Each day on Blackreef is split up into four periods - morning, noon, afternoon, and evening - and with four districts, you need to plan each day carefully. Certain events happen at specific times in the day, so you need to make the most out of your time on the ground. Exploring every nook and cranny is vital though, because notes and audio logs are littered everywhere, giving clues to things in other districts. You could be roaming around Updaam at night and find a note with a passcode for a locked safe in Fristad Rock that is only there in the afternoons - take that knowledge and return the next day to see what the deal is.
Whenever you end a loop - or die with no Reprise left - you start the next day with the knowledge of everything you've learned, but none of your belongings... unless you've infused them with residuum. This mechanic is what allows you to take loadouts into each objective; collect residuum from highlighted objects in the world and by scrapping items in your inventory you don't want, then use it to infuse the things you do want to keep. At first, this becomes sort of a min-max game as you do the mental maths to work out what you need to get rid of to keep your favourite weapons, trinkets, and abilities, but before too long you'll have residuum coming out of your ears.
The primary thing you'll want to focus your residuum on is abilities, known as "slabs", and their upgrades. You can only acquire the five abilities by killing specific visionaries - the eight targets you have to kill to end the loop - then to keep them permanently, you need 10,000 residuum. Want some upgrades for each ability? Kill the same targets over, and over, and over again. These are by far the hardest object to obtain in the game, but they're more than worth the investment.
The Illusion Of Choice
Much like most of the big Arkane releases in the past, DEATHLOOP gives the player a lot of choice in the moment in terms of which path to take, who to kill, and what loadout to use, but those choices are only surface level. You won't find any moral choices here, no multiple endings, nothing that has much weight behind it. Not to say that's a bad thing because after all, Colt and Julianna's story is ultimately one that Arkane didn't want the player to have any narrative control over, and it's probably better off for it. It's important to point out though since it's such a far cry from the usual Arkane approach.
Despite the aforementioned drawbacks, DEATHLOOP is one of the most innovative and, ultimately, fun games to come out so far this year. It essentially becomes a detective game when you're exploring each district, jotting down passcodes for locked doors and finding crucial information that can help you discover how to break the loop. All four environments are utterly gorgeous, injected with heaps of colour and personality, as are all of the main characters. Even if you'll force them to see the end of a bullet over and over again.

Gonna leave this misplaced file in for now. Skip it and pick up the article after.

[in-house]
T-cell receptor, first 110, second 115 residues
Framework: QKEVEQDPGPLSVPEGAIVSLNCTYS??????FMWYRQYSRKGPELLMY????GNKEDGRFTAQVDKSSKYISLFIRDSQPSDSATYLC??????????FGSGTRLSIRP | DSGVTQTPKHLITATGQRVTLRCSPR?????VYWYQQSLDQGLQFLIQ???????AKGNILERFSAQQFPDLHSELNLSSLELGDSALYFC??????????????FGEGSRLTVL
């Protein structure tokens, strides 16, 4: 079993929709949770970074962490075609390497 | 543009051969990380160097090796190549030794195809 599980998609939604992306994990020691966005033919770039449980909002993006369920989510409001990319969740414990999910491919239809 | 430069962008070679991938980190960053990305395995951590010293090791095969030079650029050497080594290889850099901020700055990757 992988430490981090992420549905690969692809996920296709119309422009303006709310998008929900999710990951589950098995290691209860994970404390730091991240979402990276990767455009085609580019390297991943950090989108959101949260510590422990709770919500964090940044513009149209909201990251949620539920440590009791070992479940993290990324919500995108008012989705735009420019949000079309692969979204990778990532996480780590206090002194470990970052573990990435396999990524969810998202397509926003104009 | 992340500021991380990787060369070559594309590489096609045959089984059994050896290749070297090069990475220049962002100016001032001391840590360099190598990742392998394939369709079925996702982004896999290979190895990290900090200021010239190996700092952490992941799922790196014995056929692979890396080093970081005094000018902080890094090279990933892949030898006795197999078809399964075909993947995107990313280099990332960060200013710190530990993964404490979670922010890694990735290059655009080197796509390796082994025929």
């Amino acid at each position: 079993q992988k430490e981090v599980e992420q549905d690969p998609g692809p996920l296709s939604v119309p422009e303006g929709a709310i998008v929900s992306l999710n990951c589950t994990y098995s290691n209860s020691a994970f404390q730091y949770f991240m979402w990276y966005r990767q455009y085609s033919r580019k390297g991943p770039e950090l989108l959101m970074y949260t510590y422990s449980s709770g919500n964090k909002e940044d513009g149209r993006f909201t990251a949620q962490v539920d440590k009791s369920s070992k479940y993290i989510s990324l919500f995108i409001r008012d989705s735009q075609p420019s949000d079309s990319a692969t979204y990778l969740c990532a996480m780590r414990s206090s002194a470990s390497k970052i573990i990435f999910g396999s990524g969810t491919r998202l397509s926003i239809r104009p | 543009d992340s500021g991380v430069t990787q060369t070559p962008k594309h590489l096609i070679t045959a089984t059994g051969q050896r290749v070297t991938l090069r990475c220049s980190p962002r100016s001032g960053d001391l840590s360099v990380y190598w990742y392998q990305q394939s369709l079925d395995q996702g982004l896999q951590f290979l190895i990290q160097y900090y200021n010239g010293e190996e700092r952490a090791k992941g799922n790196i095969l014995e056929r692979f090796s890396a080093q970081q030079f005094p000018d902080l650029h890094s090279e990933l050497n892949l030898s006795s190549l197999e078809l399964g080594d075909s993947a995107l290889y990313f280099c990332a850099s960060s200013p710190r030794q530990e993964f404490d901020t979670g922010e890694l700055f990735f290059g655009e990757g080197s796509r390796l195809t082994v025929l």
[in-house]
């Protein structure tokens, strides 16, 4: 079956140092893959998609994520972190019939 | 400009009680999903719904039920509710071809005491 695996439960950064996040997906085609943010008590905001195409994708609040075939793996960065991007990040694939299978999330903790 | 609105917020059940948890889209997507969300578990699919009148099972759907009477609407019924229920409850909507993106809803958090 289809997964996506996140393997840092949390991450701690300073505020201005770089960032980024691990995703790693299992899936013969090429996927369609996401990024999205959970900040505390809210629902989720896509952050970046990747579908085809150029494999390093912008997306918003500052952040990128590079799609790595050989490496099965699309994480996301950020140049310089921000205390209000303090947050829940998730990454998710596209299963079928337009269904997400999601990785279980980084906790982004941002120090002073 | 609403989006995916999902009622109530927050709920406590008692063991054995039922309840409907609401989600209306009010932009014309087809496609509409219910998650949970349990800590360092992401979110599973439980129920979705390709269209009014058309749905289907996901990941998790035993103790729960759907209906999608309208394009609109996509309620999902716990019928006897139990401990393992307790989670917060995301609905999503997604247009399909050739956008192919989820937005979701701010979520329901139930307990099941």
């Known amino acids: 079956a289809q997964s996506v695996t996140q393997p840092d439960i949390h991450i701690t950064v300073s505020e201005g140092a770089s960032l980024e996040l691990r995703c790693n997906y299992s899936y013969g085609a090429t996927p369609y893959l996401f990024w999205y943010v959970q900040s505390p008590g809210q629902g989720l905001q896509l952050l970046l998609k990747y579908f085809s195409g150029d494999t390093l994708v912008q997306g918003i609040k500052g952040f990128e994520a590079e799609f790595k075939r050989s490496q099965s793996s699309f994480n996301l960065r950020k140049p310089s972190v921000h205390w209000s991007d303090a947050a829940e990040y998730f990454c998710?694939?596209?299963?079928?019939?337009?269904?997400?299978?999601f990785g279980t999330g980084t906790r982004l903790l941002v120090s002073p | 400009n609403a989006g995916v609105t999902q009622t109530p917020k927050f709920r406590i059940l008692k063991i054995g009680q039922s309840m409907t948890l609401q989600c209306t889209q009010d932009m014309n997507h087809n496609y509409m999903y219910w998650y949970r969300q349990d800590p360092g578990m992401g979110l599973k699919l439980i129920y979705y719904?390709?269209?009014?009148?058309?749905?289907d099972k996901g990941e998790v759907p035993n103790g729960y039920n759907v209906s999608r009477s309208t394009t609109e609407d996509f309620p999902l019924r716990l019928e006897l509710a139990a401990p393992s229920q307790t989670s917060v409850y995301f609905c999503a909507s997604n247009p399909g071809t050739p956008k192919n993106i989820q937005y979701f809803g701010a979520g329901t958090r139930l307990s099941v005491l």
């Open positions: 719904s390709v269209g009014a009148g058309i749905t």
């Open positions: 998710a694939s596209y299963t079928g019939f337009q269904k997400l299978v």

Once you know every corner of Blackreef like the back of your hand, you can start to treat it like a sandbox. Find the Swapper upgrade for the Shift slab for example, and you can swap places with enemies, killing them in new and creative ways. Set Karnesis to fling enemies skyward and add the Slam and Flesh Bomb upgrades to bring them crashing to the ground amidst all their pals, like a human grenade. Combine that with Nexus, which links all enemies together so what you do to one will affect all of them, and you've essentially mastered the power of the Force. You just don't get to use these powers until you've killed the same visionary time and time again, by which point you're already extremely powerful because you know the layout and patrol path of every single foe.
Perhaps the most unique aspect of DEATHLOOP is how multiplayer works. Whenever Julianna invades your game, there's a good chance it's actually another player trying to stop you from escaping with your hard-earned loot. She has abilities and powers available to her too, although Colt only has to kill her once since she doesn't have the benefit of Reprise. It becomes incredibly tense, especially if she starts hunting you down as you're on your way to the exit. Whenever she does invade, you need to go to another part of the map and hack an antenna to gain access to your designated escape route again. I was caught with my pants down more than once as another player absolutely ruined my day and caused a long stream of expletives, kissing goodbye to my slab upgrades and unique, not-yet-infused weapon.
I Don't Want To Leave Blackreef
Even though I may have an affinity for stealth gameplay and the first Dishonored still sits in my list of all-time favourite games, I do not want to leave Blackreef. I wish DEATHLOOP had more Colt-content for me to explore, perhaps another district or two and a few more visionaries to hunt down, because the core gunplay and traversal is so enjoyable. From the We Happy Few-esque masks to some of the quirky interactions - shoutout to 2-BIT - and simply how polished the game is, it's impossible not to recommend. It embodies replay value and even when things don't go your way, you're left wanting to try again rather than walking away frustrated.